Monday, June 6, 2016

Filling in the Sensory Blanks ♦ From the Peg Board

Almost every writer is familiar with this famous quote. You’ve probably heard it too.
Filling In The Sensory Blanks

Writing is as much about the five senses as it is about proper grammar, punctuation and characterization. You know: Sight. Sound. Touch. Smell. Taste. When writing fiction, in particular, these senses come into play frequently, or at least they should.

Smell and taste are closely related, so if you can't use one effectively, use the other. I'm going to approach the use of these senses in two different ways. The first is the obvious... that of the actual senses.

Example: "Lightning struck the tree outside the house last night during a thunderstorm."

Dull. Factual, but dull. This is 'telling' rather than 'showing.' We can rework that sentence to *show* what happened using at least two of our senses.

"The bolt of lightning zig-zagged from the dark sky, permeating the air with an acrid odor that stung the nostrils. It
split the stately old oak with a sharp crack, as the thunder boomed its accompaniment directly overhead."

Okay, that added a lot more words to the paragraph, but do you notice the difference? Now you are actually right there in at that moment, seeing, hearing and smelling the violence of the storm.

This next comparison is called 'general' versus 'specific.' 
Some simple examples:

The bird flew away == The Hummingbird zipped from flower to flower.

Jackie smelled something delicious == Was that spicy smell
cinnamon and raisins?

A lot of snow fell == Great drifts of snow had swirled up into high-pointed peaks.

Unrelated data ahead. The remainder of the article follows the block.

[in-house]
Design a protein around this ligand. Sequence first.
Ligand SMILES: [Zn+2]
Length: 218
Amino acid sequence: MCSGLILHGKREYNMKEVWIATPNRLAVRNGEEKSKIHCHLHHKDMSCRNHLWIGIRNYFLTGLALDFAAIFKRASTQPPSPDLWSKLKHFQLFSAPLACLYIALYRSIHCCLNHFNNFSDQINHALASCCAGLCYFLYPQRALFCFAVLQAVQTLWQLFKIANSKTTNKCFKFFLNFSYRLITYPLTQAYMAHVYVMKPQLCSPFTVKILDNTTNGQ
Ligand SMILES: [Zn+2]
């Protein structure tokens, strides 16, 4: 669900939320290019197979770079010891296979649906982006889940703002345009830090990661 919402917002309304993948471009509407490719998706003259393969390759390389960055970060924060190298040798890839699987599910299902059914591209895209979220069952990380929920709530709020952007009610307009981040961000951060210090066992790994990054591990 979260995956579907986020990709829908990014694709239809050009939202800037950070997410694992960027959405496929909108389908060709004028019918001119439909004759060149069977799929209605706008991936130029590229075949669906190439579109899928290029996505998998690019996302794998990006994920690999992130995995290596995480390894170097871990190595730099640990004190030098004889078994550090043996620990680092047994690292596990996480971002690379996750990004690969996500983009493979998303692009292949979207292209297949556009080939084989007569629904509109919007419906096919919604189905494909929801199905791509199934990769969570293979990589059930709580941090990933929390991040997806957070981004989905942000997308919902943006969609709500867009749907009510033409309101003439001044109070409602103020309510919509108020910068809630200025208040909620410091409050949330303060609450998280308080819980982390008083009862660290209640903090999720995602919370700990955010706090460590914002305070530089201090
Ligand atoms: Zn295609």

The parade was colorful and exciting == Goosebumps appeared on my arms and shivers ran up my spine as I watched the Color-Guard march by with our flag proudly held high.

You get the idea. So, let's have a little fun with 'ordinary' and 'colorful.' 'General' and 'specific.'

The following exercise is a short list of ho-hum, hum-drum, ordinary, general words. Take a few minutes and see if you can find a more colorful or specific word to take it's place . . . two, if you can.

The first column is the ho-hum; the second two are colorful and specific, in either order. Try to make your second choice even more different. The first two are examples for you.

No, you don't have to answer these in the comments section, though it would be fun if you choose to do so. ☺

bird Oriole fledgling
red scarlet flushed
look (verb)
light (adjective)

I hope this gives you some ideas about using your sensory perceptions to better effect in your writing. It's crucial for fiction, but it is valuable for almost every type of writing.

Your senses of observation of a scene when reporting will make your story more alive, vividly painted for the reader.

How-To articles, same thing. Make that craft something someone wants to make because it sounds so lovely, useful, or however you intend to present it.


© Peggy Blann Phifer, 6/6/2016

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